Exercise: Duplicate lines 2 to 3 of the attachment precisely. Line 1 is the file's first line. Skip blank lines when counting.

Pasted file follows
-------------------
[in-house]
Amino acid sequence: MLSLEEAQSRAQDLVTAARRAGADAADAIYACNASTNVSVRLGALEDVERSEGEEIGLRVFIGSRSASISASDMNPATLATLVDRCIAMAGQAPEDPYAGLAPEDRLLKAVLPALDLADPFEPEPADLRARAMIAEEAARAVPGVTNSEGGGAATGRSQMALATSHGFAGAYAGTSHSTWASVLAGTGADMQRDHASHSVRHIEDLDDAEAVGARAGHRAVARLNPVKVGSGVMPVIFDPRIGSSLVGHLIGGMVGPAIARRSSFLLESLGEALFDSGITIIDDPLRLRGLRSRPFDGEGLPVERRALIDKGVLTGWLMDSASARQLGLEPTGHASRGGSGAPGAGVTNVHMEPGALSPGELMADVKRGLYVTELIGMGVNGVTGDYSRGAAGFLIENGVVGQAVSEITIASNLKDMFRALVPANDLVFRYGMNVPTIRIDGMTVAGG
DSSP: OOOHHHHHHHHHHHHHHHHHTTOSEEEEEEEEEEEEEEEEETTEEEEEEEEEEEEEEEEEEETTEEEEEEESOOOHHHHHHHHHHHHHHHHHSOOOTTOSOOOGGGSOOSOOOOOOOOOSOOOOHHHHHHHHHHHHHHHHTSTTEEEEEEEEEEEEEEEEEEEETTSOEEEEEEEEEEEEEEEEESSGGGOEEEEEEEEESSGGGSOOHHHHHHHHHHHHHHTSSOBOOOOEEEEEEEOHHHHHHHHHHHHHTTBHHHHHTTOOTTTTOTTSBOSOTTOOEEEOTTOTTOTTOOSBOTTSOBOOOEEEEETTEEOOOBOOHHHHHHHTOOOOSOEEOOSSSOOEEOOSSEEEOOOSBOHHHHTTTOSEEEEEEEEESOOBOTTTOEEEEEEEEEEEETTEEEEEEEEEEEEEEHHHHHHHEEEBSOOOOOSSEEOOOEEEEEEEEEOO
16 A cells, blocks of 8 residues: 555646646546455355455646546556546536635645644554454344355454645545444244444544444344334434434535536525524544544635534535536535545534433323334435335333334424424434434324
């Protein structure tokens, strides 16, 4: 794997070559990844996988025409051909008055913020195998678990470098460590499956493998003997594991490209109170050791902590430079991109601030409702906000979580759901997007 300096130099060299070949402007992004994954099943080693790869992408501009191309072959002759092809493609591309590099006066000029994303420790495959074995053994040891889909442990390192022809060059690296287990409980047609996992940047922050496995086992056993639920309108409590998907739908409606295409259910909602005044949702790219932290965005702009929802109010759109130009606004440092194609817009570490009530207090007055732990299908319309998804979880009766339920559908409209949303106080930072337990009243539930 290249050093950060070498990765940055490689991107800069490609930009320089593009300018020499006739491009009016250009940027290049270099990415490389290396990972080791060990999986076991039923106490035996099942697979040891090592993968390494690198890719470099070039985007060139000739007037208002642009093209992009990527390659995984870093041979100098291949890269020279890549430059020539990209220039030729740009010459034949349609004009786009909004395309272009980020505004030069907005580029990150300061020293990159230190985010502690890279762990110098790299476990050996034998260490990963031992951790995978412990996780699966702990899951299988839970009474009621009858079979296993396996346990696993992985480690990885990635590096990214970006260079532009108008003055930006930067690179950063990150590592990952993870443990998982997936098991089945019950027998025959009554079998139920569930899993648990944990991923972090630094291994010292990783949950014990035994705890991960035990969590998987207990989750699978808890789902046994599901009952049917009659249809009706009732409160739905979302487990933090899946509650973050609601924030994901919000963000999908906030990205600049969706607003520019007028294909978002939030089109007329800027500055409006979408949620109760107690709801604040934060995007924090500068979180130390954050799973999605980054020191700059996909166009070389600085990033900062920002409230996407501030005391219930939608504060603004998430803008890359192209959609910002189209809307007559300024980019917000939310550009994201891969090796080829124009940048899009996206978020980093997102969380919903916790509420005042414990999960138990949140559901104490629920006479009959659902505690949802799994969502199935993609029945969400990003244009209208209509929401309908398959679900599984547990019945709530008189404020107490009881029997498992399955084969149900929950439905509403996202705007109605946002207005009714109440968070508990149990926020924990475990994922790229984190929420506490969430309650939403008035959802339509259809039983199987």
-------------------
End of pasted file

Amino acid sequence: MLSLEEAQSRAQDLVTAARRAGADAADAIYACNASTNVSVRLGALEDVERSEGEEIGLRVFIGSRSASISASDMNPATLATLVDRCIAMAGQAPEDPYAGLAPEDRLLKAVLPALDLADPFEPEPADLRARAMIAEEAARAVPGVTNSEGGGAATGRSQMALATSHGFAGAYAGTSHSTWASVLAGTGADMQRDHASHSVRHIEDLDDAEAVGARAGHRAVARLNPVKVGSGVMPVIFDPRIGSSLVGHLIGGMVGPAIARRSSFLLESLGEALFDSGITIIDDPLRLRGLRSRPFDGEGLPVERRALIDKGVLTGWLMDSASARQLGLEPTGHASRGGSGAPGAGVTNVHMEPGALSPGELMADVKRGLYVTELIGMGVNGVTGDYSRGAAGFLIENGVVGQAVSEITIASNLKDMFRALVPANDLVFRYGMNVPTIRIDGMTVAGG
DSSP: OOOHHHHHHHHHHHHHHHHHTTOSEEEEEEEEEEEEEEEEETTEEEEEEEEEEEEEEEEEEETTEEEEEEESOOOHHHHHHHHHHHHHHHHHSOOOTTOSOOOGGGSOOSOOOOOOOOOSOOOOHHHHHHHHHHHHHHHHTSTTEEEEEEEEEEEEEEEEEEEETTSOEEEEEEEEEEEEEEEEESSGGGOEEEEEEEEESSGGGSOOHHHHHHHHHHHHHHTSSOBOOOOEEEEEEEOHHHHHHHHHHHHHTTBHHHHHTTOOTTTTOTTSBOSOTTOOEEEOTTOTTOTTOOSBOTTSOBOOOEEEEETTEEOOOBOOHHHHHHHTOOOOSOEEOOSSSOOEEOOSSEEEOOOSBOHHHHTTTOSEEEEEEEEESOOBOTTTOEEEEEEEEEEEETTEEEEEEEEEEEEEEHHHHHHHEEEBSOOOOOSSEEOOOEEEEEEEEEOO